Home | | Strength of Materials for Mechanical Engineers | Spring Deflection and Wahl's factor

# Spring Deflection and Wahl's factor

Spring striffness: The stiffness is defined as the load per unit deflection. In order to take into account the effect of direct shear and change in coil curvature a stress factor is defined, which is known as Wahl's factor.

SPRING DEFLECTION

Spring striffness: The stiffness is defined as the load per unit deflection therefore

Shear stress

WAHL'S FACTOR :

In order to take into account the effect of direct shear and change in coil curvature a stress factor is defined, which is known as Wahl's factor.

K = Wahl' s factor and is defined as

Where C = spring index

= D/d

if we take into account the Wahl's factor than the formula for the shear stress becomes

Strain Energy : The strain energy is defined as the energy which is stored within a material when the work has been done on the material.

In the case of a spring the strain energy would be due to bending and the strain energy due to bending is given by the expansion

Deflection of helical coil springs under axial loads

Deflection of springs

Example: A close coiled helical spring is to carry a load of 5000N with a deflection of 50 mm and a maximum shearing stress of 400 N/mm2 .if the number of active turns or active coils is 8.Estimate the following:

(i) wire diameter

(ii) mean coil diameter

(iii) weight of the spring.

Assume G = 83,000 N/mm2 ;   = 7700 kg/m3

solution :

(i)                for wire diametre if W is the axial load, then

Therefore,

D = .0314 x (13.317)3mm =74.15mm

D = 74.15 mm

Weight

Design of helical coil springs

Helical spring design

Springs in Series: If two springs of different stiffness are joined endon and carry a common load W, they are said to be connected in series and the combined stiffness and deflection are given by the following equation.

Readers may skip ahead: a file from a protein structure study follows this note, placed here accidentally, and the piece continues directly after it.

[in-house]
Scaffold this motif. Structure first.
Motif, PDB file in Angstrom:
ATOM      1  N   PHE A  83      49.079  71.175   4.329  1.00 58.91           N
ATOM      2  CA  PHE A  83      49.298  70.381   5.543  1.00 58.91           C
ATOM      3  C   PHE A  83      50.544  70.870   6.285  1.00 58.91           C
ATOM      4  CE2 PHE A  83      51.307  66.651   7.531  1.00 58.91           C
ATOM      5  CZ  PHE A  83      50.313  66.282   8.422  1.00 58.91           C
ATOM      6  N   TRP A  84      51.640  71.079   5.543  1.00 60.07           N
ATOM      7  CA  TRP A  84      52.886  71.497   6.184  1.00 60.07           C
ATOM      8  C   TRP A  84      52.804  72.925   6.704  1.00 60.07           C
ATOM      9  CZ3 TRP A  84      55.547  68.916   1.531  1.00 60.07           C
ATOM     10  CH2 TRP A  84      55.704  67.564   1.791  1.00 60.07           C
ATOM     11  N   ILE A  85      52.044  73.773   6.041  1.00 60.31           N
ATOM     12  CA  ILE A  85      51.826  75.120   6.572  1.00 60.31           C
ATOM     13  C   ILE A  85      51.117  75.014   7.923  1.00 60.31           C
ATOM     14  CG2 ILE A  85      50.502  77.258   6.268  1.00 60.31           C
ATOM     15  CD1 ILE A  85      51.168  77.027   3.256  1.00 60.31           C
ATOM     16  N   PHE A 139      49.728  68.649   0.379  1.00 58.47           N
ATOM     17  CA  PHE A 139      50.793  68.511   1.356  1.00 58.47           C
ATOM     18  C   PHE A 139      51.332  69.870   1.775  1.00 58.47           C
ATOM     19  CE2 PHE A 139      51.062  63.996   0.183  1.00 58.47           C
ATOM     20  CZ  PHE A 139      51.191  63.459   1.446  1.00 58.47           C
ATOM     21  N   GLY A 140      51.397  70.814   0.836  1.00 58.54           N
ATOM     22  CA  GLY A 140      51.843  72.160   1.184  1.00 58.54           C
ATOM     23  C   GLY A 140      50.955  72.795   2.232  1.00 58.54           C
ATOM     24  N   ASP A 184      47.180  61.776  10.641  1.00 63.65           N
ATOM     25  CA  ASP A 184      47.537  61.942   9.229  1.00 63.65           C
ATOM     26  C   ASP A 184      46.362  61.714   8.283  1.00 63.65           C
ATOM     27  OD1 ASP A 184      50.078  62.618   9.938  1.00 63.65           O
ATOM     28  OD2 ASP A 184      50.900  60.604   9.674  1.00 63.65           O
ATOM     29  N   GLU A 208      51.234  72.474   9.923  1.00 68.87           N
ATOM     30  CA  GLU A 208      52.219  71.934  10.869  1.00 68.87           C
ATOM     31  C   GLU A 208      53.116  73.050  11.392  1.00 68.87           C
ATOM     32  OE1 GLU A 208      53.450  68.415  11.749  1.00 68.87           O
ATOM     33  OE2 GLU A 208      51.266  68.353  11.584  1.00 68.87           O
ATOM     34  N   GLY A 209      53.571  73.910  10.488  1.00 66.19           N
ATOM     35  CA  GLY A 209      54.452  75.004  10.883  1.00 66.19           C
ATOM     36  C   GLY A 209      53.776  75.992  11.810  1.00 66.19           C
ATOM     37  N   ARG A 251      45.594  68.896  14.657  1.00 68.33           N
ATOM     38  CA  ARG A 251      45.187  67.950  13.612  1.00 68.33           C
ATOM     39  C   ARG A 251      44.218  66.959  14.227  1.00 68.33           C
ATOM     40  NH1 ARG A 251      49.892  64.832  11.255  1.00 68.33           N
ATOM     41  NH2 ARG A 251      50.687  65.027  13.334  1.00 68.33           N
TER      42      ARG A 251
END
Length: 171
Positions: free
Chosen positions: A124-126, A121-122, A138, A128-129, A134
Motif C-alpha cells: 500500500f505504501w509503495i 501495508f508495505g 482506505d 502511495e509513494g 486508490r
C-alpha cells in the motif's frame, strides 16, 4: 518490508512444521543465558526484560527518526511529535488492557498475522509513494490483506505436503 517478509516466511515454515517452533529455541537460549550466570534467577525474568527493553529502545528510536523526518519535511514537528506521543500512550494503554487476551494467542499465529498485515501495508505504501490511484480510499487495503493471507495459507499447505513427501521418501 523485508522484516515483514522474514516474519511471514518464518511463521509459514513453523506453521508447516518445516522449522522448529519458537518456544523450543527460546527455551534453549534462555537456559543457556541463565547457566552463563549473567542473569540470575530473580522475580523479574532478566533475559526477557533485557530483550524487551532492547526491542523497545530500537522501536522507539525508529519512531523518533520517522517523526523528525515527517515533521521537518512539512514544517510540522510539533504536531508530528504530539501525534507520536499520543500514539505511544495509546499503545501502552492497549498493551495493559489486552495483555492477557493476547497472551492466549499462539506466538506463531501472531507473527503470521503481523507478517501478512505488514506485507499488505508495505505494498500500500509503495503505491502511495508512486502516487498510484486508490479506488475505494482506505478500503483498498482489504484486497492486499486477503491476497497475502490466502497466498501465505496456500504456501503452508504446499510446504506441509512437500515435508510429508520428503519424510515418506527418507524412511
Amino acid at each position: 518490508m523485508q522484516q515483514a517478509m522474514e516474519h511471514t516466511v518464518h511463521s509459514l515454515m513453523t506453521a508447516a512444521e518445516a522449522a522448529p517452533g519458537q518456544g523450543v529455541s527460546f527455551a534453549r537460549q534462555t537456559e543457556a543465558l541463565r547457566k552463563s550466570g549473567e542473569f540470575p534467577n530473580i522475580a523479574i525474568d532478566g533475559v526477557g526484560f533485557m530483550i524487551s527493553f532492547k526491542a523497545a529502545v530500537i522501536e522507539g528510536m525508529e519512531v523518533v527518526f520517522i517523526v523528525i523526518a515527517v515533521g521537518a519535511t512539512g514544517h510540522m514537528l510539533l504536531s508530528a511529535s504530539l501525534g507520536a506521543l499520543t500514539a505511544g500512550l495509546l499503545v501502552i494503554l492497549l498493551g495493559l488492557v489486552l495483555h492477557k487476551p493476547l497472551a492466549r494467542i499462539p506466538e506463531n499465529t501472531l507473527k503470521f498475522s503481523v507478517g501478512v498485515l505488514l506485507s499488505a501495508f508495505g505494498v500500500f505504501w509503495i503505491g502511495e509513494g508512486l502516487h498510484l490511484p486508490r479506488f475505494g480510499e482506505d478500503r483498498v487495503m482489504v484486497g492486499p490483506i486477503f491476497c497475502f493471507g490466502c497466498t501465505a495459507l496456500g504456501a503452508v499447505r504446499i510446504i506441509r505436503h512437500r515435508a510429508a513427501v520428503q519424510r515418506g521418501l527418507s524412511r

Springs in parallel: If the two spring are joined in such a way that they have a common deflection ‘x' ; then they are said t shared between the two springs and total load W = W1 + W2

stresses in helical coil springs under torsion loads

Stresses under torsion

Shear Stress in the Shaft

When a shaft is subjected to a torque or twisting, a shearing stress is produced in the shaft. The shear stress varies from zero in the axis to a maximum at the outside surface of the shaft.

The shear stress in a solid circular shaft in a given position can be expressed as:

s = T r / I     (1)

where

s = shear stress (MPa, psi)

T = twisting moment (Nmm, in lb)

r = distance from center to stressed surface in the given position (mm, in)

Ip = "polar moment of inertia" of cross section (mm4, in4)

The "polar moment of inertia" is a measure of an object's ability to resist torsion.

Circular Shaft and Maximum Moment

Maximum moment in a circular shaft can be expressed as:

Tmax = smax Ip / R     (2)

Where

Tmax = maximum twisting moment (Nmm, in lb)

smax = maximum shear stress (MPa, psi)

R = radius of shaft (mm, in)

Combining (2) and (3) for a solid shaft

Tmax = (p/16) smax D3    (2b)

Combining (2) and (3b) for a hollow shaft

Tmax = (p/16) smax (D4 - d4) / D        (2c)

Circular Shaft and Polar Moment of Inertia

Polar moment of inertia of a circular solid shaft can be expressed as

Ip = p R4/2 = p D4/32                (3)

D = shaft outside diameter (mm, in)

Polar moment of inertia of a circular hollow shaft can be expressed as

Ip = p (D4 - d4) /32           (3b)

where

d = shaft inside diameter          (mm, in)

Diameter of a Solid Shaft

Diameter of a solid shaft can calculated by the formula

D = 1.72 (Tmax/smax)1/3      (4)

Torsional Deflection of Shaft

The angular deflection of a torsion shaft can be expressed as

? = L T / Ip G           (5)

where

? = angular shaft deflection  (radians) L = length of shaft (mm, in)

G =  modulus of rigidity (Mpa, psi)

The angular deflection of a torsion solid shaft can be expressed as

? = 32 L T / (G p D4)     (5a)

The angular deflection of a torsion hollow shaft can be expressed as

? = 32 L T / (G p (D4- d4))       (5b)

The  angle in degrees can be achieved by multiplying the angle ? in radians with 180/p Solid shaft (p replaced)

?degrees ˜584  L T / (G D4) (6a)

Hollow shaft (p replaced)

?degrees ˜584  L T / (G (D4- d4)   (6b)

Study Material, Lecturing Notes, Assignment, Reference, Wiki description explanation, brief detail
Mechanical : Strength of Materials : Torsion : Spring Deflection and Wahl's factor |